It's funny that everything I have read so far (and I have read a lot!) says the ingredients should be heated in order for saponification to occur using the Cold Process method. This is why I'm so surprised to learn that you can make CP soap with room temperature ingredients and no added heat. But now that I think about it, your technique seems to make a lot of sense ...

After all, if saponification begins without adding heat from an external source and without pre-heating the ingredients, the chemical reaction will likely produce its own heat, and this self-generated heat may be enough to carry the rest of the reaction through to completion.

My guess is that thorough emulsification via stick blender is the key to your success with room temperature ingredients. A stick blender seems like a very effective (and very rapid) way to put a large number of fat molecules "in close contact" with all those alkali molecules in the lye solution. The more these two molecules contact each other, the more heat will be generated, thus reducing or eliminating the need to add heat externally.

If this is what's going on here, I can see why you do not have to heat your fats yet you still achieve trace!

What about gel stage, do you typically see this in your molds? I built a mold out of wood which should retain the heat and possibly encourage gel, but it would be nice to hear from an expert so I might know whether or not to expect to see a gel stage when using a technique similar to yours ... :)

Before I read your post about room temperature CP I was going to try using coconut oil at room temperature (about 80 degrees Farenheit in my location so it is already liquid here) with the hot lye solution that is created after stirring crystalline NaOH into the water. But now I think I'm going to mix the lye solution the day before so it will cool off to room temperature, then use a stick blender to mix both ingredients at my 80 degree room temperature -- and follow up with a slower whisk mixing method until I see trace.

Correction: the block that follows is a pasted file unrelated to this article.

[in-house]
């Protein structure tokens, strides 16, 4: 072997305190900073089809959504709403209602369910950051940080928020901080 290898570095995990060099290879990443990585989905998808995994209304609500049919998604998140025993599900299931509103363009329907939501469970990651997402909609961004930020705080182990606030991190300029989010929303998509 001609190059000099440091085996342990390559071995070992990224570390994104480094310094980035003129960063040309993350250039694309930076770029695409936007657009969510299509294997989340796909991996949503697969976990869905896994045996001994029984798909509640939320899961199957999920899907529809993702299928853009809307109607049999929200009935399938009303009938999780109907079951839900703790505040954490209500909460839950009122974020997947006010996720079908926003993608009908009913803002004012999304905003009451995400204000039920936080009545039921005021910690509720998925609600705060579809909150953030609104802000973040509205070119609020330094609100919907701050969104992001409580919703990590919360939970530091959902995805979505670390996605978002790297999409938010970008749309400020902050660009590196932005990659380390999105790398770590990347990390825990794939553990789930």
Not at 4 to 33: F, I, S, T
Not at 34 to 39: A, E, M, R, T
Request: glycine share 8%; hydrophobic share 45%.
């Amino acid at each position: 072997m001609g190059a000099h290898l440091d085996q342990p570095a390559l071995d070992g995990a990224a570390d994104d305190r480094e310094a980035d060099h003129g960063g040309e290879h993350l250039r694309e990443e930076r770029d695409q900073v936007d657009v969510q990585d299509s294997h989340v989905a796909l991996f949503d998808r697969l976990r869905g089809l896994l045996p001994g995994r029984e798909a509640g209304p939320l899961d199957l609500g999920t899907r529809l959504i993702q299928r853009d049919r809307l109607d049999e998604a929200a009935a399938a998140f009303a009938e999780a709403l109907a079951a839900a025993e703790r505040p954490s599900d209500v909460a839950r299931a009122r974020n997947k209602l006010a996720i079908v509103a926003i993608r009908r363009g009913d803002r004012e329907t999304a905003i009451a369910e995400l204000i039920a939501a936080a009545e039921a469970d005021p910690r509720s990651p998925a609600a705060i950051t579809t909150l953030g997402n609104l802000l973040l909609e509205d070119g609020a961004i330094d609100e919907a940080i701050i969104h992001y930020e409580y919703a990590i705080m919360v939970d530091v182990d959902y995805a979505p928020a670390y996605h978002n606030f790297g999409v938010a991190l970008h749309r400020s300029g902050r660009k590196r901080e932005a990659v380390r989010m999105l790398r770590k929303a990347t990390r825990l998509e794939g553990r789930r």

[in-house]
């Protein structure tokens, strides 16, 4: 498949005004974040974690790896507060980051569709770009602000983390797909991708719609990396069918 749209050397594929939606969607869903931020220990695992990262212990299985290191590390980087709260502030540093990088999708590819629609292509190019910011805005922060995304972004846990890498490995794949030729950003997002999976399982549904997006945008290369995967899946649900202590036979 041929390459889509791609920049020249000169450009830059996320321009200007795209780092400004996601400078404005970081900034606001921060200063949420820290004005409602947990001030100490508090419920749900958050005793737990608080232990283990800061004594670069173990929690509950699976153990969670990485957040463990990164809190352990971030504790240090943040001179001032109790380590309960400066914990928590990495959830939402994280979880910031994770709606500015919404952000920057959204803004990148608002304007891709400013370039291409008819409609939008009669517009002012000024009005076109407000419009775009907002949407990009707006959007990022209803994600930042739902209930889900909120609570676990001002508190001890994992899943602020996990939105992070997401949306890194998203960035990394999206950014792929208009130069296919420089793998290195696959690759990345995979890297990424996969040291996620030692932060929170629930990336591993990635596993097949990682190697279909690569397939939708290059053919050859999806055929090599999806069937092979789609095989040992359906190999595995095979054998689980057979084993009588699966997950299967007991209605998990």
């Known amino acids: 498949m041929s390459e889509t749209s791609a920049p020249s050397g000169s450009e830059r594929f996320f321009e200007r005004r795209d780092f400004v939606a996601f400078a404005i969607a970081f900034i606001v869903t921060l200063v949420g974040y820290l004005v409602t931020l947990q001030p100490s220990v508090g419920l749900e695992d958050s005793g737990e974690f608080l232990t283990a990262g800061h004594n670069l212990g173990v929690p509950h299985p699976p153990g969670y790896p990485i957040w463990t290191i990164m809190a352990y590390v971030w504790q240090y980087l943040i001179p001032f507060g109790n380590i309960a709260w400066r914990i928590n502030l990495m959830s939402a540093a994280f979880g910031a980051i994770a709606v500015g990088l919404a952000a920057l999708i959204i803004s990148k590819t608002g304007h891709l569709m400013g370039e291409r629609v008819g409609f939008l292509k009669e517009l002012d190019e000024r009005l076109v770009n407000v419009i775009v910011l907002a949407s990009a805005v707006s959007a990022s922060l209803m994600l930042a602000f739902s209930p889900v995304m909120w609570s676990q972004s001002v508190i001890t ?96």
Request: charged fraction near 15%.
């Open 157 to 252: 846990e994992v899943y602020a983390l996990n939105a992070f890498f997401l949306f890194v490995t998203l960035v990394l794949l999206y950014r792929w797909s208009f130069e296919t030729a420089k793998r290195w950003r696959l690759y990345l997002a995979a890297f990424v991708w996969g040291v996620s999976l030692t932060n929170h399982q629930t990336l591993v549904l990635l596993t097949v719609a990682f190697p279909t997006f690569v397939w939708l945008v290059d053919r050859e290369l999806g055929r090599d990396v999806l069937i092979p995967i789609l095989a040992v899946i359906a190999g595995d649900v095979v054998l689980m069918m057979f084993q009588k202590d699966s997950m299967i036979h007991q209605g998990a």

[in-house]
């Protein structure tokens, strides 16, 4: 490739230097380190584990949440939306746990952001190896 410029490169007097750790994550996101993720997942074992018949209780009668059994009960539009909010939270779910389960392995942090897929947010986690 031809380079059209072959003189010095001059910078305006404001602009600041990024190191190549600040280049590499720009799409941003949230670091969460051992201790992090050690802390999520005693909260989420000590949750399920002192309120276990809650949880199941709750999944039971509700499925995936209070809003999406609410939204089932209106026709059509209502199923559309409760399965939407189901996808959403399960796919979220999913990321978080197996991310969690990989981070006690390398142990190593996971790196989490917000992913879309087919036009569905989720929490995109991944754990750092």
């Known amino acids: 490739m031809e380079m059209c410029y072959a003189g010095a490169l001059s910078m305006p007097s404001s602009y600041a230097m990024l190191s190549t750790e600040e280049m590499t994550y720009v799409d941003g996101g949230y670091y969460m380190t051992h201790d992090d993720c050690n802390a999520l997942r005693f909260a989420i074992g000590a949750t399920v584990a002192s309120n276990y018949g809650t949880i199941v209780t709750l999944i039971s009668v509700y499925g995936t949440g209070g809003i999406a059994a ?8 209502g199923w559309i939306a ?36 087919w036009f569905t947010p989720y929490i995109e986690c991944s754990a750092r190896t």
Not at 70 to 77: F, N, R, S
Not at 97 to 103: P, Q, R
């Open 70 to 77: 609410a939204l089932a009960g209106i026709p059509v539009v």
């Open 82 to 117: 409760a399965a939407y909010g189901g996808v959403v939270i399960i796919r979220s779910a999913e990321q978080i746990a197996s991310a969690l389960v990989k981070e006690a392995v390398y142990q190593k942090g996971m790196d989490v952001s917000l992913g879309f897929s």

By the way Paul, how far in advance have you ever mixed your lye solutions? From my high school chemistry (assuming I recall correctly) it seems this solution could be mixed weeks or months in advance yet still be every bit as good then as the day it was first mixed, assuming it is stored in air tight containers. Is this correct?
 

leotavali

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Hi sofietje,

Please accept my sincere apology for hijacking your thread!

I was interested in Aloe Vera as well which is why I came here, but then I forgot all about it when I read Paul's info about room temperature CP. Next time I will try to ask my off-topic questions in my own thread ... :)
 

sofietje

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Paul, thank you for clearing that up. I'm glad I asked. :D

Leo, don't worry. I don't see this as "my" thread. It's everyone's so we can share and learn from eachother. Just like I learn from your questions.